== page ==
After downing Vermont in the East Regional opener, Union coach Rick Bennett said: “I heard someone mention Frozen Four; that is light years away. Know what is important now — these guys getting their rest, our video session and get ready for the game.”
You can’t blame Bennett for wanting to keep his team grounded ahead of another win-or-go-home battle, but once the Dutchmen had dispatched of ex-coach Nate Leaman and his Providence Friars fewer than 24 hours later, well, a light year isn’t as far as it used to be.
2014 Frozen Four
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This year’s team is fortunate to have many upperclassmen who played featured roles on that 2011-12 team, including seniors Daniel Carr, Matt Hatch and Mat Bodie, and junior standout Shayne Gostisbehere. Goalie Colin Stevens didn’t play in Tampa three years back, but he backed up predecessor Troy Grosenick and was on the bench with so many of his current teammates.
“You can’t really put it into words,” Bodie said. “I’m so proud of how hard the guys battled. The one thing I remember about the last time is it’s a whirlwind of how quick it all went by, and then sitting after the game, just realizing how hard you have to work. I think we worked just as hard in that year.
“Two years ago when we went, it was wild in that dressing room,” Bodie told Ken Schott of the Schenectady Daily Gazette. “Guys were really celebrating hard. This year, guys were happy that we won, but we didn’t celebrate like we won a championship because, at the end of the day, you haven’t yet.
Coach: Rick Bennett, third season
Record: 30-6-4 (18-3-1 ECAC Hockey, first)
How they got to the Frozen Four: Beat Vermont 5-2 and Providence 3-1 in the East Regional
Regional seed: First
Last Frozen Four appearance: 2012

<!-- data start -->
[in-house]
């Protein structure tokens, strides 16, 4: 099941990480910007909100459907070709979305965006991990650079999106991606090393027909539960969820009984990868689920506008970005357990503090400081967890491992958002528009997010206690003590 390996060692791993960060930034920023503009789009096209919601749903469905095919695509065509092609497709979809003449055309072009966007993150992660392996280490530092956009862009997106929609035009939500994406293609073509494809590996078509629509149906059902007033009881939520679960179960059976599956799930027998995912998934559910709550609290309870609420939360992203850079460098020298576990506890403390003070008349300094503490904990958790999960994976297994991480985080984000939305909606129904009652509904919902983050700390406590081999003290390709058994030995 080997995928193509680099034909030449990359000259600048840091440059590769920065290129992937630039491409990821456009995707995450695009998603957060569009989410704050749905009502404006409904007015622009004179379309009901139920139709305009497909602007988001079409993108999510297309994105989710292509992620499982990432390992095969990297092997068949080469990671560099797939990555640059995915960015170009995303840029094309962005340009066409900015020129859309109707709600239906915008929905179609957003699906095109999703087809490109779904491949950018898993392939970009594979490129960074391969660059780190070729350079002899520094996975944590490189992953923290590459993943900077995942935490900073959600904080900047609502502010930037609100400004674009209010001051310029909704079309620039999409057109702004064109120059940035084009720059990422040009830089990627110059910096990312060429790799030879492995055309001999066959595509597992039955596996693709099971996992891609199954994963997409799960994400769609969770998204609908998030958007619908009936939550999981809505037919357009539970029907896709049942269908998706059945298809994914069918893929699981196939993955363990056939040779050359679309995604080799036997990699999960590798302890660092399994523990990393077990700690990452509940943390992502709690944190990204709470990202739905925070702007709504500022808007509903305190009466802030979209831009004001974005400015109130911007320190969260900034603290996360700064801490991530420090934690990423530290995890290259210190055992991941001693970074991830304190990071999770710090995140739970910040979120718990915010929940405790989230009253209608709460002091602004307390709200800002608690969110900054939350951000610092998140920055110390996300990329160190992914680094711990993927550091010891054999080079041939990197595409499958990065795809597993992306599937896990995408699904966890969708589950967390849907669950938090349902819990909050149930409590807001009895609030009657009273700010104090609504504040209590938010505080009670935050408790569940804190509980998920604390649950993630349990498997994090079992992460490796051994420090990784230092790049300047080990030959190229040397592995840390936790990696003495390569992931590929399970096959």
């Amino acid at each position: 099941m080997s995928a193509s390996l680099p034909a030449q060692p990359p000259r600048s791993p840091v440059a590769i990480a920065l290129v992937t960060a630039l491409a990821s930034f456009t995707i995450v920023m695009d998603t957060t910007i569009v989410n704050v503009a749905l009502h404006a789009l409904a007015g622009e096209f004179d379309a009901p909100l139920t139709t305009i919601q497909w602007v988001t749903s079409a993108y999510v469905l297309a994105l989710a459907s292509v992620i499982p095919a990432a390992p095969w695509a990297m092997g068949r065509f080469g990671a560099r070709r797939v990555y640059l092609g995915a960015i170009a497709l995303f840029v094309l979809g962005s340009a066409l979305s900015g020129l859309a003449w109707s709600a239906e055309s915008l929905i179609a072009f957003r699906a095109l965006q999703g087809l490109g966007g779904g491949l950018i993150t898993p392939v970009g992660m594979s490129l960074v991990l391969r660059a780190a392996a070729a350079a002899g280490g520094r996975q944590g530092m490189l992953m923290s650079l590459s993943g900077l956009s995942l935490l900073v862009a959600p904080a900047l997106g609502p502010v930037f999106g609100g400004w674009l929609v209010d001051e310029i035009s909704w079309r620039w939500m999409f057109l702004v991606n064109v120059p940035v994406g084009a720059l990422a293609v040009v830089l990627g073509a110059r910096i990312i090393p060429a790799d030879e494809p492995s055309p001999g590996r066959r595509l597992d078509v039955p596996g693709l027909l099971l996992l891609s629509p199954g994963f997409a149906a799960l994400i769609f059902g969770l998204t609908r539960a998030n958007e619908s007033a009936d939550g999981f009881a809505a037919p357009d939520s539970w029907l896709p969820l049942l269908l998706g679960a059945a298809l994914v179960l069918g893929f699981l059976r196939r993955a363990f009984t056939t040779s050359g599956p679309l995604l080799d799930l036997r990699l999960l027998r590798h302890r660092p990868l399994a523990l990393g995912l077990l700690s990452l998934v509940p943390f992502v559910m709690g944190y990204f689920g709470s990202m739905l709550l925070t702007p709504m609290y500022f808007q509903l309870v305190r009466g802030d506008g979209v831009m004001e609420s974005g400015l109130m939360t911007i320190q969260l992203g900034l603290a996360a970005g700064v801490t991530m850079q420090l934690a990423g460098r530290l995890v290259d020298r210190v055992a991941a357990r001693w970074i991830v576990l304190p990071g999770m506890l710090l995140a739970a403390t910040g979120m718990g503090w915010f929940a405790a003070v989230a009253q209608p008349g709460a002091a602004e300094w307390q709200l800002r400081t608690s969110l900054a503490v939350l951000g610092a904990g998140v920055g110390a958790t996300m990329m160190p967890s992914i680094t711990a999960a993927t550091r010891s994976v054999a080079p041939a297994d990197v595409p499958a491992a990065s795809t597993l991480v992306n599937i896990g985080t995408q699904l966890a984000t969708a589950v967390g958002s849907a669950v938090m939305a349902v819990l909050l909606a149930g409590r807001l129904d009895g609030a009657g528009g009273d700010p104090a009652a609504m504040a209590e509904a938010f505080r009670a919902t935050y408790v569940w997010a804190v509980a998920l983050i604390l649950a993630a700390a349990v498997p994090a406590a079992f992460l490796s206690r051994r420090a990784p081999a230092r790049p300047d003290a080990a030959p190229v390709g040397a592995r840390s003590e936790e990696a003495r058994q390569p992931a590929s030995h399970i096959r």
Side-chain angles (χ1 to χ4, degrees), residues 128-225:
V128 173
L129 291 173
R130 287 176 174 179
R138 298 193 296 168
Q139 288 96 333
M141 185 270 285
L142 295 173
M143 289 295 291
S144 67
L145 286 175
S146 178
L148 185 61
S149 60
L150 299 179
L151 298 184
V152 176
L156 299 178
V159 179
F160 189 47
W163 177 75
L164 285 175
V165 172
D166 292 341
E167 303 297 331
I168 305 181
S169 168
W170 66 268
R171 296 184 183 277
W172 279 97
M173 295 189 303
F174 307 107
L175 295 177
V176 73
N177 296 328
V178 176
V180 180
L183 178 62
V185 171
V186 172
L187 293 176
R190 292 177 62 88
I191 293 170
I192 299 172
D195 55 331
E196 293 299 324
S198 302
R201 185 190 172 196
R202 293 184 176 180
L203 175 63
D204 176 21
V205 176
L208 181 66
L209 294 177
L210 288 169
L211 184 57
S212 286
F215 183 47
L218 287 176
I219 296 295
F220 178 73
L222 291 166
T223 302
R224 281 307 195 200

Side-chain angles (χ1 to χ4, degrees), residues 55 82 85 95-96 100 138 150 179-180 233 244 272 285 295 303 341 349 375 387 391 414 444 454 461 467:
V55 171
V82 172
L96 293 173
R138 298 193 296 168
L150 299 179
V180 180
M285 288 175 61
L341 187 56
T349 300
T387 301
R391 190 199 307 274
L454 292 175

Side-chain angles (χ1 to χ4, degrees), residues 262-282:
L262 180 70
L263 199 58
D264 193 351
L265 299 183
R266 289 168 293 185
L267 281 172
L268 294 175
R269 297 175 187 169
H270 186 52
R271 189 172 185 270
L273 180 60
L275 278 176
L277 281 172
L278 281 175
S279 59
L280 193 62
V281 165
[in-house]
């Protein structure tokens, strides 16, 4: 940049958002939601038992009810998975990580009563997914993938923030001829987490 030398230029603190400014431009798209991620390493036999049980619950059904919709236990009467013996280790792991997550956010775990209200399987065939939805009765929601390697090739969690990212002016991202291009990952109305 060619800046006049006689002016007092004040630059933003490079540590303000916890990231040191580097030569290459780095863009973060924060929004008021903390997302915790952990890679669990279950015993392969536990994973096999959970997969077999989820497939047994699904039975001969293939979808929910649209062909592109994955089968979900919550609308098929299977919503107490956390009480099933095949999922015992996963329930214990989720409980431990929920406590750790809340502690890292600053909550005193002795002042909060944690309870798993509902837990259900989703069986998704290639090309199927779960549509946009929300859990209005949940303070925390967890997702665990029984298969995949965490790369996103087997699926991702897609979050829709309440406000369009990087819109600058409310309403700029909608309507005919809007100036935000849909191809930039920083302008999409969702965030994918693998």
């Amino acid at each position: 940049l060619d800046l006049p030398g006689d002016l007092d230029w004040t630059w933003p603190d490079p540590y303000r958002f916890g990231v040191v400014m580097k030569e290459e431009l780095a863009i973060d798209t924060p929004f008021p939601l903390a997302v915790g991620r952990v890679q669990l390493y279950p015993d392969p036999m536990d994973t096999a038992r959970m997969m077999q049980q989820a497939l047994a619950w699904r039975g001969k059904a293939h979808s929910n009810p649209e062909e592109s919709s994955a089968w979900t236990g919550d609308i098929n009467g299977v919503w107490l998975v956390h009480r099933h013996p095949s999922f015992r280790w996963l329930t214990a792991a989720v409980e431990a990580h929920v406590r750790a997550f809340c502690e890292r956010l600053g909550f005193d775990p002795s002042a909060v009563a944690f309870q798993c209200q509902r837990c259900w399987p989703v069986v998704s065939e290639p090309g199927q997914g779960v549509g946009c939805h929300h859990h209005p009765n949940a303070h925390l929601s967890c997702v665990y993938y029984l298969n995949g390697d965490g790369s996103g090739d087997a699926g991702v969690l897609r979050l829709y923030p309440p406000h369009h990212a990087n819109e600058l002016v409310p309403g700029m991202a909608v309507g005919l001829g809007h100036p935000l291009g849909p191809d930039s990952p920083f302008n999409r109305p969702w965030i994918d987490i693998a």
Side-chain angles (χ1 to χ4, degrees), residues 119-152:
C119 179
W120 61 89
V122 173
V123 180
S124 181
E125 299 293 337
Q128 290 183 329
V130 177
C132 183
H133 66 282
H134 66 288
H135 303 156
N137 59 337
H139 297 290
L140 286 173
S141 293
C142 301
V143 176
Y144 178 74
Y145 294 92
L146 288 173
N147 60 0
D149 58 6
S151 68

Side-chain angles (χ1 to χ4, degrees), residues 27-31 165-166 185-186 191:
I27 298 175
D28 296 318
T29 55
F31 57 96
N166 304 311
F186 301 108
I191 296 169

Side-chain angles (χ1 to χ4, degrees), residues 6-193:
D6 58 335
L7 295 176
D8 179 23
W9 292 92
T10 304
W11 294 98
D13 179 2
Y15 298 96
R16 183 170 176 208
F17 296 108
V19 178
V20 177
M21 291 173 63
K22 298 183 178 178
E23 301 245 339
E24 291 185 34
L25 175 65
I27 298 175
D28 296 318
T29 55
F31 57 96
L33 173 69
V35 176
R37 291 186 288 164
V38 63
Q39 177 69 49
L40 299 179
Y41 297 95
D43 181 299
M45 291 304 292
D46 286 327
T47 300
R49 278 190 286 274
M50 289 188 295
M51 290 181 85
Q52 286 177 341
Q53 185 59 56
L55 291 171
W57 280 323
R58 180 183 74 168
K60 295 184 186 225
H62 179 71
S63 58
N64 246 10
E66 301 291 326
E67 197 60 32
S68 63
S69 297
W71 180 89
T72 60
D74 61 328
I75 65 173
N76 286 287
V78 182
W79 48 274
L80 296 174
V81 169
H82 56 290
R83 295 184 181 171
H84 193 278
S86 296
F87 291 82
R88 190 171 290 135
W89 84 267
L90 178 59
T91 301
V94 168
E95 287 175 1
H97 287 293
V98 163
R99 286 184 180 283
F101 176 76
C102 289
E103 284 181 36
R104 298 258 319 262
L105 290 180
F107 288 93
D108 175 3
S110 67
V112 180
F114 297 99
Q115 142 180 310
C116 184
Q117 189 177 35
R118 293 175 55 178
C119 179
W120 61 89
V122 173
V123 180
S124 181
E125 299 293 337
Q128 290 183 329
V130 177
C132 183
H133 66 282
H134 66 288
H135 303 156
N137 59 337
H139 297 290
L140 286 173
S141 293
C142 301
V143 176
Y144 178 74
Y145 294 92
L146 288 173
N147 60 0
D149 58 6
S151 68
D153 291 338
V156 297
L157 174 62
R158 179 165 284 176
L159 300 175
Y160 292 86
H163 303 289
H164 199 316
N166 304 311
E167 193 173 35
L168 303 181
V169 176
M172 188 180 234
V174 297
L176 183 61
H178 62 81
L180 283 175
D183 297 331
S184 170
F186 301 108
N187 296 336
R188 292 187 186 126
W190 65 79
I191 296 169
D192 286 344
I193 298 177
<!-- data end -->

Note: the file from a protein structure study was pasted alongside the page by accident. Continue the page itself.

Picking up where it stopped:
Best NCAA finish: National semifinalist, 2012
Why they’ll win the national championship: As has been repeated of Union often this year, the Dutchmen can hang with anyone in spite of their size. Relentlessly quick of feet and thought, Union can capitalize on the slightest misstep.
Why they won’t win the national championship: Union has beaten all comers this year, but has yet to face the likes of Boston College, Minnesota or even North Dakota. Its smaller size and inexperience could finally prove a fatal flaw.
“The biggest thing is we’re keeping things within the locker room and not letting any distractions come at us and not get carried away with anything from the media or the students or the faculty. This year, we’re a little bit more mature with our approach here.”
Tampa was the first Frozen Four for the program, its head coach and of course every player on the roster. This year may be Union’s golden chance to make up for 2012’s underappreciated opportunity. Their Thursday opponent, for one, is in no hurry to look past the dangerous Dutchmen.
“It’s been interesting to watch the development of Union hockey,” legendary Boston College coach Jerry York told Schott. “Kevin Sneddon had a hand in it. Nate Leaman followed him, and now Rick Bennett has taken them to a whole different level. What Rick has done is incredible. You look at the last three years, there were six opportunities to win a league championship and a tournament championship, and he has won five of those six trophies.
“The fans of college hockey are thinking Minnesota, North Dakota, Boston College, you’ve got historical strong college hockey programs. But the person that really follows [college hockey] closely thinks Union might be the favorite of all of us. They’ve had such a great run here.”
Bennett said that he knows BC will be seeking revenge for last year’s 5-1 Union victory in the opening round of the NCAA tournament, but said his players are ready to step up to what is almost universally considered their greatest challenge this season.
“I think last time, you kind of get caught up in a lot of things,” Hatch said of the Dutchmen’s last Frozen Four appearance. “We’ve got a lot of experience in the locker room and I think that’s going to help us going forward.”